I went to the ModdedUK car show in Kent at the weekend. The weather was fantastic and the turnout was also good. I managed to set a new record of 997 photographs and 15 minutes of video footage! I'll get these posted up on Torquecars as soon as possible.

The quality of a few of cars on club stands left a lot to be desired but many had really made an effort and there was some awesome cars on display. The drag strip was shut down. The Monster truck show only lasted a few minutes. There was very little in the way of trade stands and the trade hall was empty. Awards were given to demo cars made by companies with big budgets. Litter! I was tripping over bottles every few minutes and there were sadly some reports of morons throwing bottles at some of the show cars! It isn't hard to enforce a no bottles ban and would really deal with these fundamental issues.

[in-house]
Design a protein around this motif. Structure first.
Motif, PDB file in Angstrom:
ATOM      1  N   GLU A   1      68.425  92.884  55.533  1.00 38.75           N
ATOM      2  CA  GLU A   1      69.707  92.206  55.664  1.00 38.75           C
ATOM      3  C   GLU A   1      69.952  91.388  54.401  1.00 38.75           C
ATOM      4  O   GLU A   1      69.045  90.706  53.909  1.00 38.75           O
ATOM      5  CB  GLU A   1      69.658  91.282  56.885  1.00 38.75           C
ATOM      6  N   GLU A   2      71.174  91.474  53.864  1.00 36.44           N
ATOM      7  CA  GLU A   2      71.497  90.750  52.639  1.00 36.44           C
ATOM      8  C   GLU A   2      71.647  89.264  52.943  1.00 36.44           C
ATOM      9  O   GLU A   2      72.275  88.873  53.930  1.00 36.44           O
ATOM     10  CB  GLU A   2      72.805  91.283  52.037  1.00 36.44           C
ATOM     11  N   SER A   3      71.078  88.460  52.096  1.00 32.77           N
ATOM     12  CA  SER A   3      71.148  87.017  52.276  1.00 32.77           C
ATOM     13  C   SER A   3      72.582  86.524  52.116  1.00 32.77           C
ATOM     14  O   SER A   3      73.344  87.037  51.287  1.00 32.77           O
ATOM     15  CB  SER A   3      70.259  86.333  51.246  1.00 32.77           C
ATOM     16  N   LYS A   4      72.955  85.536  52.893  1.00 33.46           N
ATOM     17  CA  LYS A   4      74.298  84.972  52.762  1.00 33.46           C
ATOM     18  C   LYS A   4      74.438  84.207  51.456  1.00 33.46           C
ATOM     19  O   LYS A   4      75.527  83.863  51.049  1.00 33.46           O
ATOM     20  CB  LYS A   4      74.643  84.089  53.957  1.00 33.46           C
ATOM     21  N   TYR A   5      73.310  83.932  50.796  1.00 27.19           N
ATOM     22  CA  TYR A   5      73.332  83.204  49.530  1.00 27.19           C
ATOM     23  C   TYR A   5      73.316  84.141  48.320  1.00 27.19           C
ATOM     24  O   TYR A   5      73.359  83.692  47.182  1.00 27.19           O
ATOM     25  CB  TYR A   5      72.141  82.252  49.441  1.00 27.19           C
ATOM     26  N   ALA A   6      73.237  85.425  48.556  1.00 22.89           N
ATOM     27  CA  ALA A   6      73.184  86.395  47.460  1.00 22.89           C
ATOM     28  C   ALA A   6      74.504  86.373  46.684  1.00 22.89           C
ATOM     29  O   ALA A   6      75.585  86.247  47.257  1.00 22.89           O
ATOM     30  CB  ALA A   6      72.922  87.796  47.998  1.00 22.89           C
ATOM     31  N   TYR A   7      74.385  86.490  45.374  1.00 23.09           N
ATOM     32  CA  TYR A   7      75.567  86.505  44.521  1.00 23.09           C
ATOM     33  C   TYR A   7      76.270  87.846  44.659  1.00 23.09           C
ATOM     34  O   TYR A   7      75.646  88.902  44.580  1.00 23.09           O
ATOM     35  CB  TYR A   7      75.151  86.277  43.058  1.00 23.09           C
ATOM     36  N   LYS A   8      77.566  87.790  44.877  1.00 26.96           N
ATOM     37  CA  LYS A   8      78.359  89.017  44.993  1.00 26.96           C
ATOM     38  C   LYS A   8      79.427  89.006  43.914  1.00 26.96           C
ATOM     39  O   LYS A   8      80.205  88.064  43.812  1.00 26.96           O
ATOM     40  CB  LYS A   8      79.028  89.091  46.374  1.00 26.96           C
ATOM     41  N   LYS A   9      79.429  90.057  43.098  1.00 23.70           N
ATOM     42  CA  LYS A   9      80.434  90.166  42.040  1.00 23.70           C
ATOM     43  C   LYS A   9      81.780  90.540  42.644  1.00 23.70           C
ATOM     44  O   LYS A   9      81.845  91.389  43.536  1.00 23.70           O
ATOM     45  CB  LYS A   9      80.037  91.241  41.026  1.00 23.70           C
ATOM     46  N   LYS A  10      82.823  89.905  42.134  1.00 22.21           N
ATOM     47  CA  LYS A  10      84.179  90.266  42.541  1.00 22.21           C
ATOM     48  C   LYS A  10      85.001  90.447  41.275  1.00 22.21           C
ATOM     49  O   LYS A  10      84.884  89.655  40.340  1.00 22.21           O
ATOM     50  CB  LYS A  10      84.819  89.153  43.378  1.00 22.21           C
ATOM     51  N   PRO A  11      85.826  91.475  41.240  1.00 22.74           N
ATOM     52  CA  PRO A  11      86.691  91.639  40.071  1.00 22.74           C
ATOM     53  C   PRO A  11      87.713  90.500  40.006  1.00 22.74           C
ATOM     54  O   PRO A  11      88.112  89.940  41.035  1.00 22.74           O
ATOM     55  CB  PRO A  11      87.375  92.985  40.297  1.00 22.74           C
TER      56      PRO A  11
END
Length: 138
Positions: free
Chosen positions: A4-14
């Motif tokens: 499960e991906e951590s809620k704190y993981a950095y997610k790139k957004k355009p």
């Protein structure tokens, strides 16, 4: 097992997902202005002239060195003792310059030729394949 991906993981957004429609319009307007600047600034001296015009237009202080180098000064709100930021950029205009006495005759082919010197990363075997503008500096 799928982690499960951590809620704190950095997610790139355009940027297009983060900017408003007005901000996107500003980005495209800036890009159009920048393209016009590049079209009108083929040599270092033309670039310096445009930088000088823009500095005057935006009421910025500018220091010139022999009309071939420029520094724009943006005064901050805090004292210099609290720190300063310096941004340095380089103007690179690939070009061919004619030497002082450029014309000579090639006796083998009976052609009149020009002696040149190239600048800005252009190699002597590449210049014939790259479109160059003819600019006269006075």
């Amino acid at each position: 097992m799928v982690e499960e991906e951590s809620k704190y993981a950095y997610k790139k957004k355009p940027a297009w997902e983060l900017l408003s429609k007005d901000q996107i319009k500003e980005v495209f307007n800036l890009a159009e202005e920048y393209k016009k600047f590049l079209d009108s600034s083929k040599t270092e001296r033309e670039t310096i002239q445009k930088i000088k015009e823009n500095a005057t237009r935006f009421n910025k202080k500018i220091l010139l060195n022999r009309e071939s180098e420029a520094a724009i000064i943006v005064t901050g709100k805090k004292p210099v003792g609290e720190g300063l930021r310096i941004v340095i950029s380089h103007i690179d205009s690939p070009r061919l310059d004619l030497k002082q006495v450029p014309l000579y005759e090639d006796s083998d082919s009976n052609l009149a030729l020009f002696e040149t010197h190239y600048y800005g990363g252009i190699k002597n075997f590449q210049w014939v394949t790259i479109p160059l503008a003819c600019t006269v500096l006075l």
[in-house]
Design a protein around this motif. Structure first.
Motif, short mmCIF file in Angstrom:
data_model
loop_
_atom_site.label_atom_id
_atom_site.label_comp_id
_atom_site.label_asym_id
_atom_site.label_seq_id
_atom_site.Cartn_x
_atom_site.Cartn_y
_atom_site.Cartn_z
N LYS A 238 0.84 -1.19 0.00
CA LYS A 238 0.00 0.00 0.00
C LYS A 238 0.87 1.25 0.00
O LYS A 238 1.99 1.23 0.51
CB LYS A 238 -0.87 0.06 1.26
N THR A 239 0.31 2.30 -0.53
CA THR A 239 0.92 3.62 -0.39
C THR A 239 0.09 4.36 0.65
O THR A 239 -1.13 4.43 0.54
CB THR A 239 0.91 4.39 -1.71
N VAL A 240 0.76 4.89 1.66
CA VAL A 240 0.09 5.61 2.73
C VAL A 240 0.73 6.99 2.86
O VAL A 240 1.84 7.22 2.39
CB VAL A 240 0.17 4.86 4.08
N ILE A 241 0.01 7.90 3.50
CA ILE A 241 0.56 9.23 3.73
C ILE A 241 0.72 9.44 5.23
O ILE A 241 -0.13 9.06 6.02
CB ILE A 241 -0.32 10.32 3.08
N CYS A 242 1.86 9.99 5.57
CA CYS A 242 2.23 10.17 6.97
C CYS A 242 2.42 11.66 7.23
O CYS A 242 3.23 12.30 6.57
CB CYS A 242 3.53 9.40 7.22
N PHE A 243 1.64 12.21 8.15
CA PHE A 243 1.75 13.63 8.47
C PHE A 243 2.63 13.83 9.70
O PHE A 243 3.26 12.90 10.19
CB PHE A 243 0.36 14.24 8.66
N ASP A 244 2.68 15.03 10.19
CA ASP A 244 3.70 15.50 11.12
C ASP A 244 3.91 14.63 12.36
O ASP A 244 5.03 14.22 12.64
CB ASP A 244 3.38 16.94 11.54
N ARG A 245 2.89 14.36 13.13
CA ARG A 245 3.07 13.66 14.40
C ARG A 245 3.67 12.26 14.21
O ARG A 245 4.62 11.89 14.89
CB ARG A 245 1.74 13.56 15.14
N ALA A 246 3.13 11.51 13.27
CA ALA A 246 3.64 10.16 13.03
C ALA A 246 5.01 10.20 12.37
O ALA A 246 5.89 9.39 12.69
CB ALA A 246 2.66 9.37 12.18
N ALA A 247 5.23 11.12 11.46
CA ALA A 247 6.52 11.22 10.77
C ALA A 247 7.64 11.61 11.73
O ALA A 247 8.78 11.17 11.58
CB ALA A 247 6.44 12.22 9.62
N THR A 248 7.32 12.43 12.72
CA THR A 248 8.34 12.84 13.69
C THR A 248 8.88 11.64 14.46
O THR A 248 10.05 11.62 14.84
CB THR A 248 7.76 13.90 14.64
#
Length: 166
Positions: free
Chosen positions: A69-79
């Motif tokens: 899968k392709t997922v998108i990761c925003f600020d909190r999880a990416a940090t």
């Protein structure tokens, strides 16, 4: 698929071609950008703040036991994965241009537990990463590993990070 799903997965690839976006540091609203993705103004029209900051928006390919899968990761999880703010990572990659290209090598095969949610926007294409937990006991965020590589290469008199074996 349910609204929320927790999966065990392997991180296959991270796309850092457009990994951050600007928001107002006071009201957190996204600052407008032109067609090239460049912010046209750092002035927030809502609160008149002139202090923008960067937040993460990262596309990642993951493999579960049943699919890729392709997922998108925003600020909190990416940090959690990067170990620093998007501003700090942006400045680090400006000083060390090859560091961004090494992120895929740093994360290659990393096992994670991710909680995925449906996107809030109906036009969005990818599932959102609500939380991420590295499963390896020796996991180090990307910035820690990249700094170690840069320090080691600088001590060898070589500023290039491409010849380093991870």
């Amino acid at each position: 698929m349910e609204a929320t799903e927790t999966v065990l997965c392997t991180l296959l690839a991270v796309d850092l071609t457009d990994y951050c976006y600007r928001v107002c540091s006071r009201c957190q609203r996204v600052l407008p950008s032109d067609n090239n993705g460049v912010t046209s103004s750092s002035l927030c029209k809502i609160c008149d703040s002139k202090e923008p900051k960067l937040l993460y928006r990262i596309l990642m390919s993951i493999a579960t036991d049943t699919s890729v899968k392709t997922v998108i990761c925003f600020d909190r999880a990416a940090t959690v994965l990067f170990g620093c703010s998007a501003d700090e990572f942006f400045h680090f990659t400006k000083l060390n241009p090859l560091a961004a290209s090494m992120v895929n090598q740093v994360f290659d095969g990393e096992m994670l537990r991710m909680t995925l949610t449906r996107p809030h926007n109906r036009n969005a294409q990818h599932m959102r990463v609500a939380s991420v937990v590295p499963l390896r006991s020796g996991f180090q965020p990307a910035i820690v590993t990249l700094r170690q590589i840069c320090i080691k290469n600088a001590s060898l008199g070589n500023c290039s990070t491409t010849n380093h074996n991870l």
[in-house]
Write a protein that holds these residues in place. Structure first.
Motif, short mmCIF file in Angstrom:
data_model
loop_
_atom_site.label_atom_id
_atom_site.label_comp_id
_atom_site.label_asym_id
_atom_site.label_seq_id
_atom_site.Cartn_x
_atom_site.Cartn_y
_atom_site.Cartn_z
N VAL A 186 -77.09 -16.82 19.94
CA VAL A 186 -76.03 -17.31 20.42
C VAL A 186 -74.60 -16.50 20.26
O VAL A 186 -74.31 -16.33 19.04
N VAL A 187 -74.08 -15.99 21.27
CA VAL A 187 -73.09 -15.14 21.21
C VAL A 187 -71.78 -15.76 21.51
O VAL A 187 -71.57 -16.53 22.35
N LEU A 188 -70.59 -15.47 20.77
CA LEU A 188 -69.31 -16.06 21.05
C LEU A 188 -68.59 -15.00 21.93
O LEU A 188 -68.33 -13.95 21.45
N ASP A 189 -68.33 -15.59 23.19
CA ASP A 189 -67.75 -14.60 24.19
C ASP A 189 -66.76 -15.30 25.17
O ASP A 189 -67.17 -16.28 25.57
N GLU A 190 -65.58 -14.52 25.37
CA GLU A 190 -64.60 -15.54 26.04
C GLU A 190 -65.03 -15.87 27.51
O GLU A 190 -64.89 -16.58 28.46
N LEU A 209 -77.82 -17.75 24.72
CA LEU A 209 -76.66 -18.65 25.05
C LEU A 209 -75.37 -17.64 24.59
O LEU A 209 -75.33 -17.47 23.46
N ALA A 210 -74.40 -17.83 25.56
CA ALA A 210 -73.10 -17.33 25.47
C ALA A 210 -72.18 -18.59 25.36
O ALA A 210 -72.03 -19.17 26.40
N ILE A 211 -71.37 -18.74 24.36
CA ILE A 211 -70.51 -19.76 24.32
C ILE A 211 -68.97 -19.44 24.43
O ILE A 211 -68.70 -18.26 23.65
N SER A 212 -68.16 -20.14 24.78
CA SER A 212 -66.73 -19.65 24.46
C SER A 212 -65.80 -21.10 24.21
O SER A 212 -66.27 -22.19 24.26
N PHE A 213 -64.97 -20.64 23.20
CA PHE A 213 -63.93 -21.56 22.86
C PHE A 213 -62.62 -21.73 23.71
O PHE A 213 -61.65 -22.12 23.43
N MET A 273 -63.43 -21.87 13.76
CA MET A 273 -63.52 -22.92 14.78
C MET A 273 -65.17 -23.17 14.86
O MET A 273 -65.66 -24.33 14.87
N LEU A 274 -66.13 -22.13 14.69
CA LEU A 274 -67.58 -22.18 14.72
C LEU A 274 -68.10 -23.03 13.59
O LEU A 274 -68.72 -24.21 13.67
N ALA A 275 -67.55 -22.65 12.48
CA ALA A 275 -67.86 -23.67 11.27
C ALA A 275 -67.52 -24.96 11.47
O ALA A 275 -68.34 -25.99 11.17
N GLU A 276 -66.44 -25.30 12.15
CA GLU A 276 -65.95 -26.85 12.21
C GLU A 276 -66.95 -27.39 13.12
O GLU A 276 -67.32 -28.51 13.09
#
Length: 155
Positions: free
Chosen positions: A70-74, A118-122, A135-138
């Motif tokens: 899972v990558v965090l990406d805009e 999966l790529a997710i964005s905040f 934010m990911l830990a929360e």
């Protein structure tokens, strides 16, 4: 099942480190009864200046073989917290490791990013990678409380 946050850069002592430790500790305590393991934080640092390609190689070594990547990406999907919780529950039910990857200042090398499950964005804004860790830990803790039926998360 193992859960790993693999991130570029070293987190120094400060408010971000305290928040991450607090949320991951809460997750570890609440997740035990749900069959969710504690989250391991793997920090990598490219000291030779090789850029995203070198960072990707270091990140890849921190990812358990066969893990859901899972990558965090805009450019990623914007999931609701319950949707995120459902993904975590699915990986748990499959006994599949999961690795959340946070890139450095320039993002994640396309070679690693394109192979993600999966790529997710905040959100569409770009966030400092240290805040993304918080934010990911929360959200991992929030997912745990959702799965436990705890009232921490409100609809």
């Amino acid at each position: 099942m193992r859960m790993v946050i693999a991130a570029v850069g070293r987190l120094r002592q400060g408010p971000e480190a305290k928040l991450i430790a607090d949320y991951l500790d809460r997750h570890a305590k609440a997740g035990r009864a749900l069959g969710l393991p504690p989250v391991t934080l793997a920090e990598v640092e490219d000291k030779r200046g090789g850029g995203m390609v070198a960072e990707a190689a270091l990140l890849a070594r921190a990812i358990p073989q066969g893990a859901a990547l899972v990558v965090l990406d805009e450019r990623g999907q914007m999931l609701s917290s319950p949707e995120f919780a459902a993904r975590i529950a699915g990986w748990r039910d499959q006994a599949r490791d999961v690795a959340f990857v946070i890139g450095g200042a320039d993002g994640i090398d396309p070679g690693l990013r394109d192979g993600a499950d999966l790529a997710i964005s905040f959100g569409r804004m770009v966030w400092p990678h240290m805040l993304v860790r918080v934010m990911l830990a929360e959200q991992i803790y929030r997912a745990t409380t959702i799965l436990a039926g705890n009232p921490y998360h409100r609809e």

It was nice to meet the guys from Modball and they had some impressive rides on show. Many other clubs had really good stands and some very lavish cars on show such as X2-C, Force the limit, Ecruze, B-carz Showcarz and Hants-cc to mention but a few (Respect to these guys for keeping the spirit of car modding alive!)

Everyone I spoke to around the site was very friendly and we have a few articles coming soon to Torquecars with some very impressive and unusual mods. As always we will be focusing on the engine and power oriented mods but we also have some photo reports on some of the show cars.

My legs are killing me having spent around 12 hours walking around a field and squatting to take photographs. There were lots of clubs I would like to have seen and spoke to but I just ran out of time and energy SORRY!

21 Sep 2007

Best car chase sequences

One essential scene in any good action movie must include the ubiquitous car chase. Every bond film has a car chase scene in it and there are a large number of car chase scenes which stick in the memory from other movies. Firstly lets reminisce a little then lets look at some of the essential elements and the drawbacks of car chase scenes.